Coca Cola's campaign not political

HARARE - Coca-Cola Central Africa shot down a report yesterday that said its ‘‘Crazy for Good’’ drive was a political campaign.
The statement from the world’s largest soft drink maker came in response to a story in the State-controlled media that claimed questions have been raised over Coca-Cola in Zimbabwe’s “Crazy for Good’’ campaign that featured cans with an open palm symbol — a campaign symbol for Prime Minister Morgan Tsvangirai’s MDC.

The report that the company’s ‘‘High Five Everybody’’ campaign had endorsed Tsvangirai’s MDC, published four days ago, forced the world’s largest beverage company to respond.

Coke later issued a statement disputing the report, and claiming Coca-Cola’s Crazy for Good campaign is a global brand campaign whose aim was to inspire the desire in people to take part in random acts of kindness, celebrate other people in an optimistic, easy and simple way and spread the optimism.

It is unclear who had raised questions about the campaign by Coca-Cola, which is also the world’s most valuable brand, with a portfolio featuring $15 billion brands including Diet Coke, Fanta, Sprite, Coke Zero, vitamin water, Powerade, Minute Maid, Simply, Georgia and Del Valle.

“The Crazy for Good campaign is, therefore, not part of any political campaign or affiliation,” Coke said in its statement.

“Against this background, the cans bearing the open palm that have been sold in Zimbabwe were produced in and for the South African market. Their presence in Zimbabwe supermarket shelves was a result of a supply gap in Zimbabwe that resulted in importation of cans from South Africa. To take into account the local dynamics, cans being produced by Delta Beverages in Zimbabwe carry only the Zimbabwe national flag.”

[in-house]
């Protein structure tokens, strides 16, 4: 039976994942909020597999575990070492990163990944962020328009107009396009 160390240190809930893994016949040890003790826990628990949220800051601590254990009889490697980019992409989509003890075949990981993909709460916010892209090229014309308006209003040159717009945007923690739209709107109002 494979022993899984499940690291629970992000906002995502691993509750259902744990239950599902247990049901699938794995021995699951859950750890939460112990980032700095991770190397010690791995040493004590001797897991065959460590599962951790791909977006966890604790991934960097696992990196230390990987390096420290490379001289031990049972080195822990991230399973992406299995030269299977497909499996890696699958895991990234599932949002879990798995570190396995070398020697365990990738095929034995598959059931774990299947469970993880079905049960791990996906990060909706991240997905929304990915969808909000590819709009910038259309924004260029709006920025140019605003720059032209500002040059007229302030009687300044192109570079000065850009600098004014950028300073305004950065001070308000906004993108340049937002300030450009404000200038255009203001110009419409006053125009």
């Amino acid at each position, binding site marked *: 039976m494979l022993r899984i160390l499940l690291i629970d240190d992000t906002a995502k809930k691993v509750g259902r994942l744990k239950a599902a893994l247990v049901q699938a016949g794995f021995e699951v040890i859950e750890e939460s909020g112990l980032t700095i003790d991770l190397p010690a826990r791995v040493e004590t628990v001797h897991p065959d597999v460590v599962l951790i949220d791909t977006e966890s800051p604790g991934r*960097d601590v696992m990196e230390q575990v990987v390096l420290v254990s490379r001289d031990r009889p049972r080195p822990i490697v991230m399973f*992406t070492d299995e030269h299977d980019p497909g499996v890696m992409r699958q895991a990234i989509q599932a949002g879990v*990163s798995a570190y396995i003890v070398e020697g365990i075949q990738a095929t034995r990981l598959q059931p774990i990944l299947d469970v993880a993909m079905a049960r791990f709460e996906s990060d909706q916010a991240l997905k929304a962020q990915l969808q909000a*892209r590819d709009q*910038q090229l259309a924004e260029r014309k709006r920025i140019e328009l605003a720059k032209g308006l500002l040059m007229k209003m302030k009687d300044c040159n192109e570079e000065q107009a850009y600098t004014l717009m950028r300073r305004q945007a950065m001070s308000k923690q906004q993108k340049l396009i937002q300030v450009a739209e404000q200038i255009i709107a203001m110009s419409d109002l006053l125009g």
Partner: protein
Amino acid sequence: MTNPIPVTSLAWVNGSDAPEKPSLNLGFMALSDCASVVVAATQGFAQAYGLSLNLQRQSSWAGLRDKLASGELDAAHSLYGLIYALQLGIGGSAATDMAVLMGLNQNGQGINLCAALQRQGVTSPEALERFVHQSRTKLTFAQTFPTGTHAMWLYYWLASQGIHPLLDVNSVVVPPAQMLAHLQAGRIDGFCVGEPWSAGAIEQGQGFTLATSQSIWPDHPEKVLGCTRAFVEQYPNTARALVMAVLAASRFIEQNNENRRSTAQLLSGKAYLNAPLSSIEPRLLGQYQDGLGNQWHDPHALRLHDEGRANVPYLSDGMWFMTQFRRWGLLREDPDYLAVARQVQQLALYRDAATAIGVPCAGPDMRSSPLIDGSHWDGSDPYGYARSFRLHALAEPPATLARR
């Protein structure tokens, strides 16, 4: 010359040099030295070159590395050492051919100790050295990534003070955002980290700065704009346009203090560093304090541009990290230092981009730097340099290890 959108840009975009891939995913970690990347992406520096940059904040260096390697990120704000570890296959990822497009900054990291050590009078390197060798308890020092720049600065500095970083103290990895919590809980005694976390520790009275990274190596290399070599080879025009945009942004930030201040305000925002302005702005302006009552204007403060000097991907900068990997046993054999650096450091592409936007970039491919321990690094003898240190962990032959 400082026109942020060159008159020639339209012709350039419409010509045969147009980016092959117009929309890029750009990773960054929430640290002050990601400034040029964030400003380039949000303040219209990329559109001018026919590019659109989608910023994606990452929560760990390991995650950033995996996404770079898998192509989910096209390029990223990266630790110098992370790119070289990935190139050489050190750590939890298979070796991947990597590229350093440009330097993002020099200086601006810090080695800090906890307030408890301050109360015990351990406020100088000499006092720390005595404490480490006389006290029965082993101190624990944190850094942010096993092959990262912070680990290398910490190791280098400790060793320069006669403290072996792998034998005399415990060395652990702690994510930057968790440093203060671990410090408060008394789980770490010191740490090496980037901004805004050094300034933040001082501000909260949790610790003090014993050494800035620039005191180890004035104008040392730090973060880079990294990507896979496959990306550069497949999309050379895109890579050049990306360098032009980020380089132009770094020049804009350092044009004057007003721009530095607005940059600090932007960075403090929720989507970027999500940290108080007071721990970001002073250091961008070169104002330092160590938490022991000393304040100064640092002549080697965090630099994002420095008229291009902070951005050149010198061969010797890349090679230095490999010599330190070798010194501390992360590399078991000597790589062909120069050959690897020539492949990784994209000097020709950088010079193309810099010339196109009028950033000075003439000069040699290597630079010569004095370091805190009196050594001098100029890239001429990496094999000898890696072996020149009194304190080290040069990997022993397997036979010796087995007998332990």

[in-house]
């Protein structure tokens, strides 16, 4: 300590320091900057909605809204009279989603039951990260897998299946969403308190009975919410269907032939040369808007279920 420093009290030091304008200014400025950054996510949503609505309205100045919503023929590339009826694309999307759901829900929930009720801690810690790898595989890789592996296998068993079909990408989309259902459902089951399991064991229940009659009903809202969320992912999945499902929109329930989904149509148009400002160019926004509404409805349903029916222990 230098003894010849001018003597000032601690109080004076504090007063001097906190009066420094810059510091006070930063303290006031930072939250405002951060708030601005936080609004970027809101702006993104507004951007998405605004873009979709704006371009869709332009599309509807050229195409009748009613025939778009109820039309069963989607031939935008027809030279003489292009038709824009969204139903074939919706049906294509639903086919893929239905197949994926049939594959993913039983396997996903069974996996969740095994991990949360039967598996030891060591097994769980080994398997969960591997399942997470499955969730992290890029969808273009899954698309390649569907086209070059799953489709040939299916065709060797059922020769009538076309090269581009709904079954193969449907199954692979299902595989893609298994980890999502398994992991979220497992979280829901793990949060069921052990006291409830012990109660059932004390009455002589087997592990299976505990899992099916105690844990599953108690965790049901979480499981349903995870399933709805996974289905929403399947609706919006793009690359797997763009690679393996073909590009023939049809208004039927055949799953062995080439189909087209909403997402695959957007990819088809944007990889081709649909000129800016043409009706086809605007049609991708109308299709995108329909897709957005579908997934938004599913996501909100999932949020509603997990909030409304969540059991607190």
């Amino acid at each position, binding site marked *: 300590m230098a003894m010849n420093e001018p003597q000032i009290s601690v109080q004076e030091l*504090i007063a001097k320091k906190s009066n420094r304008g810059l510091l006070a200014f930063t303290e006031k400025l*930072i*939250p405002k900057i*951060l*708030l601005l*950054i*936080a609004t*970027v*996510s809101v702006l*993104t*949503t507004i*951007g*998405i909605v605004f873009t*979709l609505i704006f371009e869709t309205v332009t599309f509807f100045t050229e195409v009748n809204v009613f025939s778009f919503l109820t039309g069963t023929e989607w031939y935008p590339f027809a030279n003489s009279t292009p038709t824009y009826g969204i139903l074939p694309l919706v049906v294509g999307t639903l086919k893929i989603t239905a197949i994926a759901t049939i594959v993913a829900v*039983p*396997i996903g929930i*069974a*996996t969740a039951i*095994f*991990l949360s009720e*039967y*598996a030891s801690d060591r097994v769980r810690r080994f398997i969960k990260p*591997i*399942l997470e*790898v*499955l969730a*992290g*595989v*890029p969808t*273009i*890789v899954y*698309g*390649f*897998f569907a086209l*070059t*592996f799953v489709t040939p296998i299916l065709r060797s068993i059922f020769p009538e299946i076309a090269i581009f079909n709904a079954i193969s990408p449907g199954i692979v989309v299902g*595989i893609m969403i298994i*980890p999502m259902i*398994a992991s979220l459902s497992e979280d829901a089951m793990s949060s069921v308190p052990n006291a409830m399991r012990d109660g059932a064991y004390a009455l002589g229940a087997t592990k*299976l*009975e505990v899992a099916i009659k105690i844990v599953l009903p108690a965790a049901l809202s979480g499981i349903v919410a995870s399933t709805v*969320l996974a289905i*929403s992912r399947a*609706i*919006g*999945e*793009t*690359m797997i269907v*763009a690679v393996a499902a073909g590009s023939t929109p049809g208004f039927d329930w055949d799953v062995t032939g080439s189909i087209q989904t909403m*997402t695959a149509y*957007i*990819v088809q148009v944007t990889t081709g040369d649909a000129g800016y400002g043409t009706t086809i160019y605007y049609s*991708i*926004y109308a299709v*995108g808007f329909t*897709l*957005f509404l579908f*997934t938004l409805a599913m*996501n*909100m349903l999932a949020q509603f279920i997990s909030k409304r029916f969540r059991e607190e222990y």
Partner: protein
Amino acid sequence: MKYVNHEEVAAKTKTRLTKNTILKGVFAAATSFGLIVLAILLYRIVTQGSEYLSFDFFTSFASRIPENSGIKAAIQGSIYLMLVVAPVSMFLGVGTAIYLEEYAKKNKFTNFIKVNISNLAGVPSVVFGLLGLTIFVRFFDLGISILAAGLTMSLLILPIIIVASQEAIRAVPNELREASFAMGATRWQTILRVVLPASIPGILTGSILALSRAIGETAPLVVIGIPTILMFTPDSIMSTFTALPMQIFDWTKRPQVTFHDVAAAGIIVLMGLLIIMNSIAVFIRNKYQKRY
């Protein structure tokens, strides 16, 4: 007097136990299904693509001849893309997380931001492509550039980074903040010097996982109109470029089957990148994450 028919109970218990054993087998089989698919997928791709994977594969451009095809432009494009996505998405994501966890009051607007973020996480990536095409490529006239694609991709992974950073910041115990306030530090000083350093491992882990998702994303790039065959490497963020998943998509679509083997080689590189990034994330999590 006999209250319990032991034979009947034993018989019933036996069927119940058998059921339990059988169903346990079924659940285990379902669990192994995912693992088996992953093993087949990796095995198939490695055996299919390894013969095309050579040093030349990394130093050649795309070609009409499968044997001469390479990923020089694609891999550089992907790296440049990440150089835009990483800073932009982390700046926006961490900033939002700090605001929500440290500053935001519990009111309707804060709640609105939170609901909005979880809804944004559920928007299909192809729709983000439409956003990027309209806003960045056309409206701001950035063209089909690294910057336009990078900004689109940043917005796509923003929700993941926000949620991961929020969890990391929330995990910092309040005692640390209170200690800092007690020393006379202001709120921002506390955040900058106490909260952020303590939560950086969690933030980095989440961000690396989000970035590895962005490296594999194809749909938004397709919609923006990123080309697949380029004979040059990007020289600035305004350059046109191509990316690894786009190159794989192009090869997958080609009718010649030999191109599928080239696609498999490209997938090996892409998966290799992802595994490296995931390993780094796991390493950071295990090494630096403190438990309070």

Delta Corp Ltd is a Zimbabwe-based company principally involved in the manufacture and trade of beverages, principally Coke and other “sparkling beverages.”

Coke, the world’s largest soft-drinks maker, is targeting the rapid rise of African economies and the continent’s quickly growing middle class.

In terms of growth, the company’s rate of expansion is outpacing that of gross domestic product in most of its southern African markets, and has been looking to strengthen its non-carbonated beverage businesses, such as juices and water.

The company sees big growth potential in Zimbabwe, which is recovering from an economic recession four years after the formation of a unity government that ended years of hyper-inflation.

“The Coca-Cola System in Zimbabwe is committed to investing and contributing to Zimbabwe’s economic development,” Coke’s statement said.

“As a demonstration of this commitment, our System, which has been investing in Zimbabwe for over 65 years has over the past three years since 2010, invested more than $150 million in new production lines, new product innovations, new cold drink equipment, new distribution infrastructure and advanced training for over 3 000 employees.” - Gift Phiri, Political Editor

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